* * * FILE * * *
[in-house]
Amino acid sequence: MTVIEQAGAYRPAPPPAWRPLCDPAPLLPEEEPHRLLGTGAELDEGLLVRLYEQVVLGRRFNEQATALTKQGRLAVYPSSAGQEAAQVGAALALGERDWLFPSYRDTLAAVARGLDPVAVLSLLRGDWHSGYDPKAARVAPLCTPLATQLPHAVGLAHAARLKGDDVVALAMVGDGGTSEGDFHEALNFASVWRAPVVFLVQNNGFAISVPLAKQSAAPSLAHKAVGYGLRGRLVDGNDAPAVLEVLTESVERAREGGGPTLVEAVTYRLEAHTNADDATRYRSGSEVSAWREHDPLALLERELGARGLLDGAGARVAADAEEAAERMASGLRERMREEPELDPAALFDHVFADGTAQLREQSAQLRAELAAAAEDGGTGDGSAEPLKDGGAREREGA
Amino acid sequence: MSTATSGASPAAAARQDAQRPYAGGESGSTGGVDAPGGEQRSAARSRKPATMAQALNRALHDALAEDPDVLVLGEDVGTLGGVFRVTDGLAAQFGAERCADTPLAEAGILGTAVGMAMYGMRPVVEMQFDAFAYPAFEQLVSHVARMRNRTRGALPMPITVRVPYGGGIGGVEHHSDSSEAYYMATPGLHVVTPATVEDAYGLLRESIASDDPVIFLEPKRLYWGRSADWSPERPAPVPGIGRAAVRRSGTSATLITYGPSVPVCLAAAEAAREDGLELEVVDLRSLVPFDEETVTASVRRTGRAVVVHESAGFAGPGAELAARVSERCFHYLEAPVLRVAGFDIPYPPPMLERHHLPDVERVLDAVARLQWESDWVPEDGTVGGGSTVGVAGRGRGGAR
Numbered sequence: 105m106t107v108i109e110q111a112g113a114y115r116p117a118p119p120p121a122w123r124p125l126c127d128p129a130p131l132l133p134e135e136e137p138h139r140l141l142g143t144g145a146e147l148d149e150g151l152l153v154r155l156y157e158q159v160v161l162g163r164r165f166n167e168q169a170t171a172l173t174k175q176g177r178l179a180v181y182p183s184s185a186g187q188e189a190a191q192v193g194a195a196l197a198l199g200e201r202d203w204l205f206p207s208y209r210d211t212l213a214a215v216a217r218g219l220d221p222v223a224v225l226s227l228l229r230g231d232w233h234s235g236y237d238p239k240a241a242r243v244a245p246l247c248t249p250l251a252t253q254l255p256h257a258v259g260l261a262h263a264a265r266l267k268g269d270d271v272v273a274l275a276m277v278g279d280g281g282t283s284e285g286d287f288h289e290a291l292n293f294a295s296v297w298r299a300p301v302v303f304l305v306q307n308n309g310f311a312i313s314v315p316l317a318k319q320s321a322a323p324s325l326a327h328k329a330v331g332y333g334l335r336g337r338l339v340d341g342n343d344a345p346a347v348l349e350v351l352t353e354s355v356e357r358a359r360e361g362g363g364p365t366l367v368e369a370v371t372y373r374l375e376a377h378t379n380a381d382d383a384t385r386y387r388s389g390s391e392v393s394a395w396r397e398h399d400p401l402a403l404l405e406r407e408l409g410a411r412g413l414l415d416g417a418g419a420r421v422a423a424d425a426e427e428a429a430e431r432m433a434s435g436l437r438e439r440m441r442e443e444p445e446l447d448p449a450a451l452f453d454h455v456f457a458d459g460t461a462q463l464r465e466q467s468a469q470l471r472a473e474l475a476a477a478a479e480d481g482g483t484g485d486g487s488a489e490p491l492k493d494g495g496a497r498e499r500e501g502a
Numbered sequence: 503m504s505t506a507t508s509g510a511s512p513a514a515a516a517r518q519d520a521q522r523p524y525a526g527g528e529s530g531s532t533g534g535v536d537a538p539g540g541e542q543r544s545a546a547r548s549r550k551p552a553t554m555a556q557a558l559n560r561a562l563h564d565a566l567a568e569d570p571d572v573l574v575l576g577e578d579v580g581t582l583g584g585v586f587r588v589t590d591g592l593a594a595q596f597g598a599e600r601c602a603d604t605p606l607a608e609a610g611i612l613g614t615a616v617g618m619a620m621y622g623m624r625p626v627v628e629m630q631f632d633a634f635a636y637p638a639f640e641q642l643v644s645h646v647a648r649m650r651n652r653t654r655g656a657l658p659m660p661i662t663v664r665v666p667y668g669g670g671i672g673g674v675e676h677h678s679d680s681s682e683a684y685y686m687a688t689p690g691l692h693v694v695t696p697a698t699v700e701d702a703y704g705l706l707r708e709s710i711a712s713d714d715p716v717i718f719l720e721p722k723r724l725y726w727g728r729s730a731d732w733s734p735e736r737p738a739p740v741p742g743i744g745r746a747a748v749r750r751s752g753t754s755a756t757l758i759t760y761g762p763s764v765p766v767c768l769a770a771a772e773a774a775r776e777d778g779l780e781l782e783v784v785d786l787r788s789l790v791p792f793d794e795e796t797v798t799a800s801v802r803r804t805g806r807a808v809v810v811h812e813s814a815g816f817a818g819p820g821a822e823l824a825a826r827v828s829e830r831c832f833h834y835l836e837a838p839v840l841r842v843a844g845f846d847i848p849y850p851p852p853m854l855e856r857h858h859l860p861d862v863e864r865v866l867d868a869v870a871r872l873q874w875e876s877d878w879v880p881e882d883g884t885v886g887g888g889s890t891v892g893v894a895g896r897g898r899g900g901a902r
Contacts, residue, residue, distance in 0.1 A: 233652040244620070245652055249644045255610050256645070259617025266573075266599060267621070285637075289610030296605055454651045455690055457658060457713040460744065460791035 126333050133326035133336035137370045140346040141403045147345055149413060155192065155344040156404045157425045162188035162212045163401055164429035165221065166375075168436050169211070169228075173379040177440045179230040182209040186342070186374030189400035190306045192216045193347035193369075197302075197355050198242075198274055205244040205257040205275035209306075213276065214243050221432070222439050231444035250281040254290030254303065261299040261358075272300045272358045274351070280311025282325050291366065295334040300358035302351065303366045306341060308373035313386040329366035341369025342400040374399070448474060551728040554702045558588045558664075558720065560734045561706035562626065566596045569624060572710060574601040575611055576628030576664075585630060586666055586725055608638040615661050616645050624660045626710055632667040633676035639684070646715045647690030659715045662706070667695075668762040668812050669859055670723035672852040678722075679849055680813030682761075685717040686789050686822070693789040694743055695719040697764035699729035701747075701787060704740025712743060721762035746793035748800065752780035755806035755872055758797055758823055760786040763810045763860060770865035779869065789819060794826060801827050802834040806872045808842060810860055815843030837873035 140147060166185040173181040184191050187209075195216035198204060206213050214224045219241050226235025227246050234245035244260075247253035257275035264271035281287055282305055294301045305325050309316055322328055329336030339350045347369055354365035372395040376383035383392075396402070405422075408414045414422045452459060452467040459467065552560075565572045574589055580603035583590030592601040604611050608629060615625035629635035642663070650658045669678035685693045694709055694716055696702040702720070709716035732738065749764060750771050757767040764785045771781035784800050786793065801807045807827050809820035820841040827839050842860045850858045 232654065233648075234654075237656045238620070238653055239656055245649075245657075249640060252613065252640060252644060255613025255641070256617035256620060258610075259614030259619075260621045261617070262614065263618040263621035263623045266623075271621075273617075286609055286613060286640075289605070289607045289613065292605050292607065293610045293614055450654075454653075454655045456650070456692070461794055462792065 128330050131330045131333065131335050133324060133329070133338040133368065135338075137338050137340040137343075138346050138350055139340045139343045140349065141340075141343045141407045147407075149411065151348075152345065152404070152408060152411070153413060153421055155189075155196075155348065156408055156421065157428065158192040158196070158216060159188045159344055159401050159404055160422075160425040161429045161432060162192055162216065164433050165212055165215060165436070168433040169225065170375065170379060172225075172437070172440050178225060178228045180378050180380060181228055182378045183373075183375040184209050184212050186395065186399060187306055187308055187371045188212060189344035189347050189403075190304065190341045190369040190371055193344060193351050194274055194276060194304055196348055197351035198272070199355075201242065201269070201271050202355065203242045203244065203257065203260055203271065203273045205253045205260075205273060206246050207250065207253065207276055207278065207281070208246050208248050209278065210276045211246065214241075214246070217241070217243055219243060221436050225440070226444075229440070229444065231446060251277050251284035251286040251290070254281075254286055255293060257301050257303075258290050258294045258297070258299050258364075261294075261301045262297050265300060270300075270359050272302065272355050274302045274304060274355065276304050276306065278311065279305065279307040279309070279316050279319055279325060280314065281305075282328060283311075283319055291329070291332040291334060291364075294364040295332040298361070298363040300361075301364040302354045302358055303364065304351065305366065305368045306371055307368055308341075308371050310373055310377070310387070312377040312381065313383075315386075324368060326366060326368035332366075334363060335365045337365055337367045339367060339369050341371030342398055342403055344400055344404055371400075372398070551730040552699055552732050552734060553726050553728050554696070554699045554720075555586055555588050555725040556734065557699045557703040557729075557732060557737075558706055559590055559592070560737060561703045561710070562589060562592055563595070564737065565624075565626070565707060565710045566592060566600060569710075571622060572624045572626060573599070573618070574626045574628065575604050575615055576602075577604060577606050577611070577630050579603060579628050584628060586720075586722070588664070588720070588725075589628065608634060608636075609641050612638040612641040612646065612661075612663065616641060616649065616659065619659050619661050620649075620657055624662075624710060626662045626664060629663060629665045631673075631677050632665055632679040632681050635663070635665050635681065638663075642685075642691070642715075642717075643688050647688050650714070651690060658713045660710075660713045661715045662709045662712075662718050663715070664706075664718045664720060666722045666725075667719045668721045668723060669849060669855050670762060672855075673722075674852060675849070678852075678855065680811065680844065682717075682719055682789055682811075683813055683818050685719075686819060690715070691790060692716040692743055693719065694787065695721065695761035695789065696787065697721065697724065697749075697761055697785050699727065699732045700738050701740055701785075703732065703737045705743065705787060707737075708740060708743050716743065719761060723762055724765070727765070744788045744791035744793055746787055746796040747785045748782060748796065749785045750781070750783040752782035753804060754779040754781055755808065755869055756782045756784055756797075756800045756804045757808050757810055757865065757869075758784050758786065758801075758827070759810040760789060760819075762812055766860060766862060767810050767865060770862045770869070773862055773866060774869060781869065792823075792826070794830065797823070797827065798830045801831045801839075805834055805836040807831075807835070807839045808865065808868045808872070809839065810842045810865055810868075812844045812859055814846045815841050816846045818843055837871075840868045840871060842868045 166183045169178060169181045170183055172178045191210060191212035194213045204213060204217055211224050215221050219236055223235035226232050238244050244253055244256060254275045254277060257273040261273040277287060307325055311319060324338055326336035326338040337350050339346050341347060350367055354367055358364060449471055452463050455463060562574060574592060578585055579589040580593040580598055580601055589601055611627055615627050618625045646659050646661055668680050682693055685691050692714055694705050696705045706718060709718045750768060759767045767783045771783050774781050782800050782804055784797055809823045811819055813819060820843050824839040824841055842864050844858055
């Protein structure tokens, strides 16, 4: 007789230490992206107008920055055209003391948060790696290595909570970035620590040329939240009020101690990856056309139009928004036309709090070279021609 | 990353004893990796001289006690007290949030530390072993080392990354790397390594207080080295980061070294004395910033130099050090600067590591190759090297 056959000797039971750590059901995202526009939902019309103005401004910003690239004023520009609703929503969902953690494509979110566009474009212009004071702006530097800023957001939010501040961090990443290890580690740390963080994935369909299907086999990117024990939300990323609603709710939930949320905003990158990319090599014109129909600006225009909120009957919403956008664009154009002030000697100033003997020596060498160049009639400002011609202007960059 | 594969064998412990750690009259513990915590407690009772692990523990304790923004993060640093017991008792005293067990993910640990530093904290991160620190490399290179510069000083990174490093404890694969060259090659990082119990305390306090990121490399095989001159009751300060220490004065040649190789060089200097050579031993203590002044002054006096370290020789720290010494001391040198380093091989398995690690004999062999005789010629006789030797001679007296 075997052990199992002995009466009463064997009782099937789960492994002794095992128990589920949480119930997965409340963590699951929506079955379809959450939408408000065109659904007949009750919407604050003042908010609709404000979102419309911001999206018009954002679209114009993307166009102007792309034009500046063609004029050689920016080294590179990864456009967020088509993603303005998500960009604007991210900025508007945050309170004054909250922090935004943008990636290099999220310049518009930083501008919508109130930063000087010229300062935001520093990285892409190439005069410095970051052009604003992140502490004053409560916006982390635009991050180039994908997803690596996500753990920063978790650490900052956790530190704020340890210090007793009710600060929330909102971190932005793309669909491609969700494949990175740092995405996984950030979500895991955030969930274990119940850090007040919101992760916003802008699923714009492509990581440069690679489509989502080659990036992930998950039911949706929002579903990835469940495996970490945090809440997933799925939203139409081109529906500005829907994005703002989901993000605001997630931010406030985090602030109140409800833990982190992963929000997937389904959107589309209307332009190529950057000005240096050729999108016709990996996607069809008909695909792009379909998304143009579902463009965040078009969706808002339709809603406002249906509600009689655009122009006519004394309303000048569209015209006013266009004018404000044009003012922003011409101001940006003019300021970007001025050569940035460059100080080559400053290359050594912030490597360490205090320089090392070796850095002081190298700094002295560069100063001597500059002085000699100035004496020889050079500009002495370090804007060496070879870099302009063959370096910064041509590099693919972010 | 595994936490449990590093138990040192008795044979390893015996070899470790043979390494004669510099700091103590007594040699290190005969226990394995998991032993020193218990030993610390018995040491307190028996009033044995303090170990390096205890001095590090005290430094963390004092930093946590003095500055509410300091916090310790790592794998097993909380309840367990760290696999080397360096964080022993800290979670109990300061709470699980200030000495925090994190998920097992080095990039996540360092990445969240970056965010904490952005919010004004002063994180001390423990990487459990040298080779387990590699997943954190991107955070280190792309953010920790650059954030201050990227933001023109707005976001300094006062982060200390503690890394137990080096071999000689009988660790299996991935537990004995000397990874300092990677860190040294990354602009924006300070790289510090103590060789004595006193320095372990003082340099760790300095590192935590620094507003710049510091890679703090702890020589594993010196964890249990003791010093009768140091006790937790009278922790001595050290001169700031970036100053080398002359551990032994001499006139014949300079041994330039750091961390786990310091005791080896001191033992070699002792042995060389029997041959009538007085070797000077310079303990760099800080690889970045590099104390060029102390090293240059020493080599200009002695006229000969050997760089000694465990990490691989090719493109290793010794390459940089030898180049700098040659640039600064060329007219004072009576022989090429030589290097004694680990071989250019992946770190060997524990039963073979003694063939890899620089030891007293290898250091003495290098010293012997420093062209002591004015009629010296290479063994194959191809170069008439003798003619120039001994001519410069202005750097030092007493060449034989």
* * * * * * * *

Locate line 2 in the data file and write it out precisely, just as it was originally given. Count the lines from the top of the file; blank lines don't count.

Amino acid sequence: MTVIEQAGAYRPAPPPAWRPLCDPAPLLPEEEPHRLLGTGAELDEGLLVRLYEQVVLGRRFNEQATALTKQGRLAVYPSSAGQEAAQVGAALALGERDWLFPSYRDTLAAVARGLDPVAVLSLLRGDWHSGYDPKAARVAPLCTPLATQLPHAVGLAHAARLKGDDVVALAMVGDGGTSEGDFHEALNFASVWRAPVVFLVQNNGFAISVPLAKQSAAPSLAHKAVGYGLRGRLVDGNDAPAVLEVLTESVERAREGGGPTLVEAVTYRLEAHTNADDATRYRSGSEVSAWREHDPLALLERELGARGLLDGAGARVAADAEEAAERMASGLRERMREEPELDPAALFDHVFADGTAQLREQSAQLRAELAAAAEDGGTGDGSAEPLKDGGAREREGA